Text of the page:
Voila! The Green Crab Cookbook, a collection of wonderful things to do with green crabs and their roe, assembled by the Green Crab Research & Development Team, and recently featured by Florence Fabricant in The New York Times. The team has traveled to Venice, Italy, where a close cousin of our green crabs is considered a delicacy, to understand how to harvest green crabs as soft shells, and how to enjoy their roe, called masinette.
Local photographer and videographer Nubar Alexanian has made a film about the green crab crisis (see below), Recipe for Disaster, which will be shown in Rockport on Friday, April 26th, at the Little Art Cinema. The book will be available for sale at the event.
The Green Crab Cookbook includes my recipe for Green Crab Taramosalata, a bread-based dip made with green crab roe. Below I’m sharing my green crab stock recipe, with which I went on to make crab risotto. This was honestly the most delicious stock I’ve made — sweet and complex, and loaded with a pleasant seafood flavor.
Green Crab Stock
[makes 6 quarts]
4 tablespoons olive oil
2 bunches celery, with the leaves, about 1 pound, roughly chopped
1 large red onion, roughly chopped
1 small head fennel, cut into 1/2” slices
12 corn cobs (optional)
2 bay leaves
1 tablespoon Old Bay seasoning
approximately 3 quarts water
2 cups white wine
2 dozen green crabs
Rinse crabs well in cold water. I recommend doing this outside in a large bucket. Just fill the bucket with water and throw your crabs in. Stir well, and leave them in the bucket until your stock is boiling.
In a large stock pot or lobster pot heat the olive oil to medium. Add the celery, onion, and fennel. Lower heat, and cook until vegetables are soft, about 15 minutes.
Add the corn cobs if using, the salt, bay leaves and Old Bay and stir well, tossing the vegetables well with the seasoning. Allow to cook for 5 more minutes, or until the onions just begin to darken.
Add the water and wine, and bring to a boil. Let simmer for 10-15 minutes to integrate the flavors, particularly the corn cobs.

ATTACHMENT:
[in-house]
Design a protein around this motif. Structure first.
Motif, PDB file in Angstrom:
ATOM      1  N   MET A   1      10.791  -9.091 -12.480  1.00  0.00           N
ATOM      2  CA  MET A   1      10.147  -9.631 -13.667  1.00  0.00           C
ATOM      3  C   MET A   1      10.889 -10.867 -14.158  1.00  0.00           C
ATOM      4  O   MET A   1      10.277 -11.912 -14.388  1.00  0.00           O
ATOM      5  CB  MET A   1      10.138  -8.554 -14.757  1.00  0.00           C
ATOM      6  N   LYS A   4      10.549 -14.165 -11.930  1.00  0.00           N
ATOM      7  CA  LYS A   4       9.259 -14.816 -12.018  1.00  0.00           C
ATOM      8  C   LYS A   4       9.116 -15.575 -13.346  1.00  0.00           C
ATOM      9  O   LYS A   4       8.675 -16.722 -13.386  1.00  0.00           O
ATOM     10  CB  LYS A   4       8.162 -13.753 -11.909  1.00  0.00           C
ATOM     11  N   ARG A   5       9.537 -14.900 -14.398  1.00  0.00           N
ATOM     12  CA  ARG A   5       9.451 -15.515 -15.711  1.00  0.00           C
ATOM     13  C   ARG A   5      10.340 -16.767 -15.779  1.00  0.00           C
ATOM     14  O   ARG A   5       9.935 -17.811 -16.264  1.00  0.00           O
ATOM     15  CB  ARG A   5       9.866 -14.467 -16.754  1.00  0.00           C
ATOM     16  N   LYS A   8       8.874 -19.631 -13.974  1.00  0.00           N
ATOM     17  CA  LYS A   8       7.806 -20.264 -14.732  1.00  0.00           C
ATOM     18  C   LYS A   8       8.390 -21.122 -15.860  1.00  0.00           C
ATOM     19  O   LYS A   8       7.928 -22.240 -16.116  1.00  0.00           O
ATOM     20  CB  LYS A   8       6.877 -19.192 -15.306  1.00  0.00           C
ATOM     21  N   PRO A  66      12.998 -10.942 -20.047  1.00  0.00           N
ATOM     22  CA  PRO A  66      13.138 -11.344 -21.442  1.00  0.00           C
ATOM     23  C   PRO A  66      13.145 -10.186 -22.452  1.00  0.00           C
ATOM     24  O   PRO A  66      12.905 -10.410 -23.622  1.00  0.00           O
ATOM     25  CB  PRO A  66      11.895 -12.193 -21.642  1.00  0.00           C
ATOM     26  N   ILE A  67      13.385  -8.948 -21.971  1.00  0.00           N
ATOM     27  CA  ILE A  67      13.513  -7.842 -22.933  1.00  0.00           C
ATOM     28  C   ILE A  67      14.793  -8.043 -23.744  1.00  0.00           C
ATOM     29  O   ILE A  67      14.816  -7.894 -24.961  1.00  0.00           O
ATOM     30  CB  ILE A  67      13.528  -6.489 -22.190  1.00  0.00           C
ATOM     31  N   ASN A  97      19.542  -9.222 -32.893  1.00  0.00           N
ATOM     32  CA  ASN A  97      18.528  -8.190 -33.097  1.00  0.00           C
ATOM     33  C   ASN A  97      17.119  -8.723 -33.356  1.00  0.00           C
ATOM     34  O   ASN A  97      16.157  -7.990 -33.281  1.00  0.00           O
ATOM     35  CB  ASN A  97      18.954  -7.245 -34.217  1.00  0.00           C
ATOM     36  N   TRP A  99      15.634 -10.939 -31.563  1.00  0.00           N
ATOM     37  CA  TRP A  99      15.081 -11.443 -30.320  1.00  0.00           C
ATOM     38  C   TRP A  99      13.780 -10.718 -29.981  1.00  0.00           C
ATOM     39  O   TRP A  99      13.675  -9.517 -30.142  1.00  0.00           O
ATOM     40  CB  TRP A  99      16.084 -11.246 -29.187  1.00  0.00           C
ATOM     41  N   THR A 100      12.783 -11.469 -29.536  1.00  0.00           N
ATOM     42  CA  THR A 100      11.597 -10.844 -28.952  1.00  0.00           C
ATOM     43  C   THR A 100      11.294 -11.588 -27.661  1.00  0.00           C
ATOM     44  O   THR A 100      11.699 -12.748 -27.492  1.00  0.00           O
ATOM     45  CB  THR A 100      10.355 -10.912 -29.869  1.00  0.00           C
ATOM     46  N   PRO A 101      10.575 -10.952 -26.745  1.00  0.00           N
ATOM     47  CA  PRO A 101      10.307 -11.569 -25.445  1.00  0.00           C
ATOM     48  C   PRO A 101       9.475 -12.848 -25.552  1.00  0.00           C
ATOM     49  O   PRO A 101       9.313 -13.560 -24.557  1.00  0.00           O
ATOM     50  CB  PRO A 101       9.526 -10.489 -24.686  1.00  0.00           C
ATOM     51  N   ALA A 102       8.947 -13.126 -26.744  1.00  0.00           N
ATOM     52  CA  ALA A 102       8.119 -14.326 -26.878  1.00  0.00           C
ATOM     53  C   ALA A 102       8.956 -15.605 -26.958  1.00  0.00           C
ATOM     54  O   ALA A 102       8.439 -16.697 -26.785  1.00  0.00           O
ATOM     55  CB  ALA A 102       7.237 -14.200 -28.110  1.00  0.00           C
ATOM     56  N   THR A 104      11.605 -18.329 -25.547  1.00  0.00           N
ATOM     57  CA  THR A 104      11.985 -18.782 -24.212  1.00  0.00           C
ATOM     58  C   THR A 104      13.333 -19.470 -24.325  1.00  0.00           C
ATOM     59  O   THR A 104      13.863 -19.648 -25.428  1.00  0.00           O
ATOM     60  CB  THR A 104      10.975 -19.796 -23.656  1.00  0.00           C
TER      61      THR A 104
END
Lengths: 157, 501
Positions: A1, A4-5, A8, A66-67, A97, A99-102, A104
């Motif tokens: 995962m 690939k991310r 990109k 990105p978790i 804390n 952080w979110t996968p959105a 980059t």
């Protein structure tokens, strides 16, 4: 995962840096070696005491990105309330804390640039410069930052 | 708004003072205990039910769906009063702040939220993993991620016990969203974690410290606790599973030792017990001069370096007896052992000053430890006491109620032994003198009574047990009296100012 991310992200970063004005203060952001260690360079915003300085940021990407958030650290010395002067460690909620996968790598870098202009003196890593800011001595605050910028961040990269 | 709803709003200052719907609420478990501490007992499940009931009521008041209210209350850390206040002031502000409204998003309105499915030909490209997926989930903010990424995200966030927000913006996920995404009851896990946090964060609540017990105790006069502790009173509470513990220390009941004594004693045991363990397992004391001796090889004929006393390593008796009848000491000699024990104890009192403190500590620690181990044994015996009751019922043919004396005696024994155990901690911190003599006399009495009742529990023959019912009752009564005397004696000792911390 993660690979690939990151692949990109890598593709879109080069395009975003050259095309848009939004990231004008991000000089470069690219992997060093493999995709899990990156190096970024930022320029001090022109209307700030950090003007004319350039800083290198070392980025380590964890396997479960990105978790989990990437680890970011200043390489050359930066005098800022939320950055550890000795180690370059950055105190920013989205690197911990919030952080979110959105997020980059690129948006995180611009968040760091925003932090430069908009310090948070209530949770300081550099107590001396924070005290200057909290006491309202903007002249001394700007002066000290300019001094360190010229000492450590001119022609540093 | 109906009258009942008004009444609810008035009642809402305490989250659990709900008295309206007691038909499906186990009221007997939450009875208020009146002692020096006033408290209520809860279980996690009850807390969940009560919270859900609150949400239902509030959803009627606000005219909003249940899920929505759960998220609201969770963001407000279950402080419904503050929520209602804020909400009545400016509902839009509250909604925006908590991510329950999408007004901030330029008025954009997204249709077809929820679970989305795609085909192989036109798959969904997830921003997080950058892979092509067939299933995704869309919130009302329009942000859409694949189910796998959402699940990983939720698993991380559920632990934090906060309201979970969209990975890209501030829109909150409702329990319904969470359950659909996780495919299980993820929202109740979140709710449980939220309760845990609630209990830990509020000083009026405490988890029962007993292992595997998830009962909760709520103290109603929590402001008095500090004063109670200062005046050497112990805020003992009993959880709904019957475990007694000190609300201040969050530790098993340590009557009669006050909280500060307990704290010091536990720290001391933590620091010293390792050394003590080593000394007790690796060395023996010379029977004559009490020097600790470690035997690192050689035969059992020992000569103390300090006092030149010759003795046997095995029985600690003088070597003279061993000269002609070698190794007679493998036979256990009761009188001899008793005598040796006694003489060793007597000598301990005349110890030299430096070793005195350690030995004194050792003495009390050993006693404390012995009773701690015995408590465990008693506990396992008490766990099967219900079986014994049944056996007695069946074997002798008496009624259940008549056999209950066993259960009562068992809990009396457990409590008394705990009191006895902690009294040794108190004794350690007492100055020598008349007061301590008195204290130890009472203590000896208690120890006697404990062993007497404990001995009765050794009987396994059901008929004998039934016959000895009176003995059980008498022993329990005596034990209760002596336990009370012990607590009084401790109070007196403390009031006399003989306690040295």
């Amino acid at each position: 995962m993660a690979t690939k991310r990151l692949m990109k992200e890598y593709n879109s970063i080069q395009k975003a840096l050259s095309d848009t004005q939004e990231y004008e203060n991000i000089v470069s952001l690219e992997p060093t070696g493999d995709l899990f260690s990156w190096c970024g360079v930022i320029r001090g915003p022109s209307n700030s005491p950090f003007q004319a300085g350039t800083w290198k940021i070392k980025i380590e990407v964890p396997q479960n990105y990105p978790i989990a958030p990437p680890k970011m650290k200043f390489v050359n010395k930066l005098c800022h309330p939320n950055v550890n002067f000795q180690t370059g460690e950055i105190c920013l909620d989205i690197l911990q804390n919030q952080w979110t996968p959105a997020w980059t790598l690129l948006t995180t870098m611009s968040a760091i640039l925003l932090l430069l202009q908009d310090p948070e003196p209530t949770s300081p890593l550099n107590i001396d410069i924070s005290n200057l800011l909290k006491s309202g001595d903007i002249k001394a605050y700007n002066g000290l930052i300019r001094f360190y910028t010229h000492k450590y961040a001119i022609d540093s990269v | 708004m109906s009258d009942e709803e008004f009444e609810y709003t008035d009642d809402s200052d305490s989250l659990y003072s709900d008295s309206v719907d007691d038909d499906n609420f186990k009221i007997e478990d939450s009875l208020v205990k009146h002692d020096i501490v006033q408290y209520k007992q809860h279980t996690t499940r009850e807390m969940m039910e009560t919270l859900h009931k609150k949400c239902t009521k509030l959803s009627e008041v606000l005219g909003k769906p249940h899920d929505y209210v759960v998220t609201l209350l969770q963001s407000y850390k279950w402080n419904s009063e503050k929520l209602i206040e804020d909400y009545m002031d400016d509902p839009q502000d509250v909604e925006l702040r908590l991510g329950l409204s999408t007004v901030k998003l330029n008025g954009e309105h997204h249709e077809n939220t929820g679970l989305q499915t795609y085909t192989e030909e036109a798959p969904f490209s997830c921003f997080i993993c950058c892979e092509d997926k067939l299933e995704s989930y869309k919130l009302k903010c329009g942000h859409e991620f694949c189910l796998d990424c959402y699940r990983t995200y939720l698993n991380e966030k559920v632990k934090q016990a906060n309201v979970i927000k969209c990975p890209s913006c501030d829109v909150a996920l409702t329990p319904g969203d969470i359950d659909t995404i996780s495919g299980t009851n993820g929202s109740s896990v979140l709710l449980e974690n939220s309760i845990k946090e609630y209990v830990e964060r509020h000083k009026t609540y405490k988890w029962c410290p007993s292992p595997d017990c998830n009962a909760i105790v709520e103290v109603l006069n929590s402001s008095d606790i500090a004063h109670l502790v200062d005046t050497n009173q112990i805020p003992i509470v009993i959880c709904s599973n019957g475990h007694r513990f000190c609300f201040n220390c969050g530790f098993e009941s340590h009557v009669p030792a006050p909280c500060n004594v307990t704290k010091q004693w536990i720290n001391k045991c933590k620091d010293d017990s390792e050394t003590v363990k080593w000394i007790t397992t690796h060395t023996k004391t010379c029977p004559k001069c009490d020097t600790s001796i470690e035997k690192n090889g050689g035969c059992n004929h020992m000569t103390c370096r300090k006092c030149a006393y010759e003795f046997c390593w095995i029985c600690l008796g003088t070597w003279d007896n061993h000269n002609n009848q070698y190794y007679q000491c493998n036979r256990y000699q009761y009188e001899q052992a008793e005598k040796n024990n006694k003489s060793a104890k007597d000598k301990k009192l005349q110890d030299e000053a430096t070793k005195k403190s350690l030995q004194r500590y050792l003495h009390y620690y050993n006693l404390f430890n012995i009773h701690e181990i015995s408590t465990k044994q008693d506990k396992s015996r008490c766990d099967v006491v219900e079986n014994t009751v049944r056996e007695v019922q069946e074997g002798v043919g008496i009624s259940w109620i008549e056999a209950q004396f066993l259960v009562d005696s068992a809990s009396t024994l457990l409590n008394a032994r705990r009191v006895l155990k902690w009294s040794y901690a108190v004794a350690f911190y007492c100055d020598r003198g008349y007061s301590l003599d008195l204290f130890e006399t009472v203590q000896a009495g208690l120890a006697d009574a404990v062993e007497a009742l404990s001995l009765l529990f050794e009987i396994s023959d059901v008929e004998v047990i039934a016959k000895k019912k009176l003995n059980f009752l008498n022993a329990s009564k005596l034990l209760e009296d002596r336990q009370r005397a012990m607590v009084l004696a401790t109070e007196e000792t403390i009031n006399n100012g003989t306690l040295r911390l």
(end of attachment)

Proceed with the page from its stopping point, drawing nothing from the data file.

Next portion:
Bring stock back to a hard boil. Bring the crabs into the kitchen, and scoop them into the boiling stock.
Allow to cook at a strong simmer/low boil for 45 minutes. Let cool, and spoon out the cooked crabs and as much of the vegetables as you can. Strain the remaining cooled broth through cheesecloth. Pour into jars or plastic containers for storing or freezing.
6 cups green crab stock
1 T butter
1 T olive oil
1/2 red onion, chopped
3 small carrots, diced, about 4 ounces
1 small banana pepper, or 1/2 a green pepper, seeded and diced
1 small red hot pepper, 1/2 ounce, diced (optional)
1 1/2 cups or 12 ounces Arborio rice
red pepper flakes
salt and pepper
3 small tomatoes, seeded and chopped
1 pound crab meat (1/2 - 3/4 cup reserved for garnish if you like)
juice from 1-2 lemons or to taste
1/2 cup toasted slivered almonds
1/2 cup chopped fresh dil
In a medium sauce pan bring the stock to a simmer.
In a large saute pan heat butter and olive oil together on medium heat. When butter is melted and bubbling, add onion, carrots and peppers. Let cook for 8-10 minutes over medium heat until softened.
Add rice, and stir well, cooking until the rice begins to crackle and just begin to turn lightly brown. Season with salt, pepper, and red pepper flakes.
Ladle in 1 cup of the hot broth into the rice, and stir until it is all absorbed.
Add the chopped tomato, and then ladle in another cup of stock. Stir until the stock is absorbed, and then continue to ladle in the stock, stirring each addition until it is absorbed. This usually takes 20-25 minutes.
Taste the rice to make sure there is no “crunchiness” to it at all. You want it to be creamy, but not mushy. Stir in the fresh lemon juice. Serve in warm bowls garnished with the reserved crab, toasted almonds and chopped dill.